marital Rape in India

Does the Institution of Marriage Legalize Rape?

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Sorry ma’am, your husband owns your body. The state cannot be bothered.

 In February, the Supreme Court, responding to a woman’s plea of marital rape, refused to impeach the husband, saying it wasn’t possible to order to make it a criminal offence for one person. Both the wife, a Delhi-based MNC executive and the Supreme Court judge were helpless as marital rape is not a crime in India, and many other countries for that matter.

The woman was challenging the clause to Section 375 of the IPC, which says that sexual intercourse by a man with his wife who is over 15 years of age, even if without consent is not rape. Even if you overlook the glaring contradiction with the legal marriageable age or the age of consent to have sex, this exception to the IPC speaks volumes how little we understand or respect the sexual integrity of women, married or not.

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Despite the frequency of its occurrence both in India and elsewhere, governments continue to think that marriage is a man’s god-given right to use his wife’s body, as he thinks fit As if a woman’s consent did not matter after marriage.

The foundation of this attitude can be traced back to European societies as exemplified by this statement made by Sir Matthew Hale, an eminent member of the law fraternity in 17th century England: “The husband cannot be guilty of a rape committed by himself upon his lawful wife, for by their mutual matrimonial consent and contract, the wife hath given herself in kind unto the husband, which she cannot retract.”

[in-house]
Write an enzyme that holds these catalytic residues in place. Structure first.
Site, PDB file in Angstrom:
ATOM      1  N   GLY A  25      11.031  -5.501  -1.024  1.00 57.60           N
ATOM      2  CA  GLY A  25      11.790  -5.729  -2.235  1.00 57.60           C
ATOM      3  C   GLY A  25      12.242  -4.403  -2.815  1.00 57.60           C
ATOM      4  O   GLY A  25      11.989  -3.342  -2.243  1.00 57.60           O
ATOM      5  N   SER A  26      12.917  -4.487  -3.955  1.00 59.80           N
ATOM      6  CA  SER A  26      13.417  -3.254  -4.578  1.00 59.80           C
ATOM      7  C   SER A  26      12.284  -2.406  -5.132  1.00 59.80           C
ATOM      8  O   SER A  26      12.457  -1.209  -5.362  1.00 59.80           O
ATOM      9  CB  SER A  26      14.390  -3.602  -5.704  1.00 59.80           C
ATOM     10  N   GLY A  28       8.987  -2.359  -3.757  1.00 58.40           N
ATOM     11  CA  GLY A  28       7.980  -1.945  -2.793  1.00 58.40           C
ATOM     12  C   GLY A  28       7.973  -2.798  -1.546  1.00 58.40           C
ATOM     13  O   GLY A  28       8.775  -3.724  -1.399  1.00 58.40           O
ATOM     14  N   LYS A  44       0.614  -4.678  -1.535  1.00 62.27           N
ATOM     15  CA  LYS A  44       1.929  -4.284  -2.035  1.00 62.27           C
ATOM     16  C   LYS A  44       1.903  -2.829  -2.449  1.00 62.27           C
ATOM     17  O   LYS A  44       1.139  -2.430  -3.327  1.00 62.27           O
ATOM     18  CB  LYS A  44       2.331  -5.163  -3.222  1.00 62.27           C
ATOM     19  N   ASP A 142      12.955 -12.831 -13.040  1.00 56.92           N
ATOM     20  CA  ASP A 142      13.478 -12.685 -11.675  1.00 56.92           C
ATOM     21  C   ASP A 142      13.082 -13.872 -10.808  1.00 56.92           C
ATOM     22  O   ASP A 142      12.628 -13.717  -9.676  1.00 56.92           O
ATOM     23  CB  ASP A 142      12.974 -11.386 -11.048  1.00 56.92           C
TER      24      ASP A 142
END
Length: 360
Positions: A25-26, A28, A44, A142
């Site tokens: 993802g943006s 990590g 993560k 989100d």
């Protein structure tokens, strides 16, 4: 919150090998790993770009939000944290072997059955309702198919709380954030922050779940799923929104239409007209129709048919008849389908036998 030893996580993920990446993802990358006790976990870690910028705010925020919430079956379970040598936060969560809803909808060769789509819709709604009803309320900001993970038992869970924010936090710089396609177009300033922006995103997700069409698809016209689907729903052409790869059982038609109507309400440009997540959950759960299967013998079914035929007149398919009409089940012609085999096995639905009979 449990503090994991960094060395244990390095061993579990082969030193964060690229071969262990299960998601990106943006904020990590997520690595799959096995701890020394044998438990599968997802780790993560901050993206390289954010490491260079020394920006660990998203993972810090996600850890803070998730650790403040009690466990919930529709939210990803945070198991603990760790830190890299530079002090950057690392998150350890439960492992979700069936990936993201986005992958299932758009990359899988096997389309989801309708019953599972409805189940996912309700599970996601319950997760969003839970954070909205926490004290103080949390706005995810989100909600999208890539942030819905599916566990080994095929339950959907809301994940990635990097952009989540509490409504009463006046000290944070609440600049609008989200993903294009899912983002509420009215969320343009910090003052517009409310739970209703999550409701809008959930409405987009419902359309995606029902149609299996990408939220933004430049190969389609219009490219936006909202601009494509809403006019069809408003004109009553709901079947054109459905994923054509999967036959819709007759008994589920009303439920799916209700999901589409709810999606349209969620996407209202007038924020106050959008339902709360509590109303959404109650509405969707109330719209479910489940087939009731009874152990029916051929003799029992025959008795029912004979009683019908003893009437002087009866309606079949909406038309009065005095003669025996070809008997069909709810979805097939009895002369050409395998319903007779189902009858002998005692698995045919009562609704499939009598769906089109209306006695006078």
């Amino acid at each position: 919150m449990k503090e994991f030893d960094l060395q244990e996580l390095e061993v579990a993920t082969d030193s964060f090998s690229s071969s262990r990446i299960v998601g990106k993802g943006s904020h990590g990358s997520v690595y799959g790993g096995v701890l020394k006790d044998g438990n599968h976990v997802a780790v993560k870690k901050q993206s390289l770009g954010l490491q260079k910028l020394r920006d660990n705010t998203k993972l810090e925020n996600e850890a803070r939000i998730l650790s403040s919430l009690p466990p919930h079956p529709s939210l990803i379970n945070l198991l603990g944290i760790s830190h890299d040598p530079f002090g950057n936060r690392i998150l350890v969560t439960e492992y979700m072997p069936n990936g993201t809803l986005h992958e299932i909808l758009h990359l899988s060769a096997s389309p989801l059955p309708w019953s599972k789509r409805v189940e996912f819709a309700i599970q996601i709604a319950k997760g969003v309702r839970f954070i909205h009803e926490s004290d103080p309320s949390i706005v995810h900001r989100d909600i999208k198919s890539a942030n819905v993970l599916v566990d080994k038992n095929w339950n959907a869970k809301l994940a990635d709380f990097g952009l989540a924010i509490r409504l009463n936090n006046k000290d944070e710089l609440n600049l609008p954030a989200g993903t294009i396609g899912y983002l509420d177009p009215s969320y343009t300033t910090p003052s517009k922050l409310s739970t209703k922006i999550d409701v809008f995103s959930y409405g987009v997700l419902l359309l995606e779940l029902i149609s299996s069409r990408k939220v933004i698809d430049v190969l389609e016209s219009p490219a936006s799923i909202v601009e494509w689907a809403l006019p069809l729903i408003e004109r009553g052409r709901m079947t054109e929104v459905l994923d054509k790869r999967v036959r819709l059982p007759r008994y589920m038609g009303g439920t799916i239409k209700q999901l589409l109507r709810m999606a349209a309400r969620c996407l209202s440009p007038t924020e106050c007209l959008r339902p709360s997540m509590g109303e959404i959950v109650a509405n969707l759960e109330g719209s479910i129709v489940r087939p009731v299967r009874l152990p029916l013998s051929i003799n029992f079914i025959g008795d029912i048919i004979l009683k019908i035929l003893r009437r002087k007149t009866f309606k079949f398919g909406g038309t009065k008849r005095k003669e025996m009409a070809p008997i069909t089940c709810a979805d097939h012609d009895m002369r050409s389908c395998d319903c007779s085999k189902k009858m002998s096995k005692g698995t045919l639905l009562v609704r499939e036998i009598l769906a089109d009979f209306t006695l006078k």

That statement is not surprising, coming at a time when women were treated as second class citizens. What is hypocritical however, is the spillover of that attitude in our supposedly enlightened times as shown by recent arguments against criminalizing marital rape in India:

  1. No need to give it legislative attention as it is quite uncommon. Yeah, the law in all fairness, has more pressing things on its mind, like criminalizing beef eating. Why, the fundamental rights of some married women are not fundamental at all.
  2. It is near impossible to prove marital rape. Its criminalization would put an additional burden on the judicial system. Please, the courts have no time for married chattel. It was your own husband. Your self-respect has no place on your conjugal bed.. Please lick your own wounds and psychological scars, if any.
  3. Dissatisfied, spiteful wives may misuse the law. Ok, this argument does have some rationale, but the ratio of valid complaints would significantly outnumber the invalid ones. Let the law discern the truth. Don’t throw the baby out with the bathwater.
  4. The woman implicitly consents to having sex when she marries the man. Of course, Sir Matthew Hale said so. They made the laws. And anyway, how dare a wife refuse sex?
  5. Criminalization of marital rape would prevent reconciliation and destroy marriages. As if saving a marriage is the sole responsibility of a woman, despite the physical and mental indignities.
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in Afghanistan

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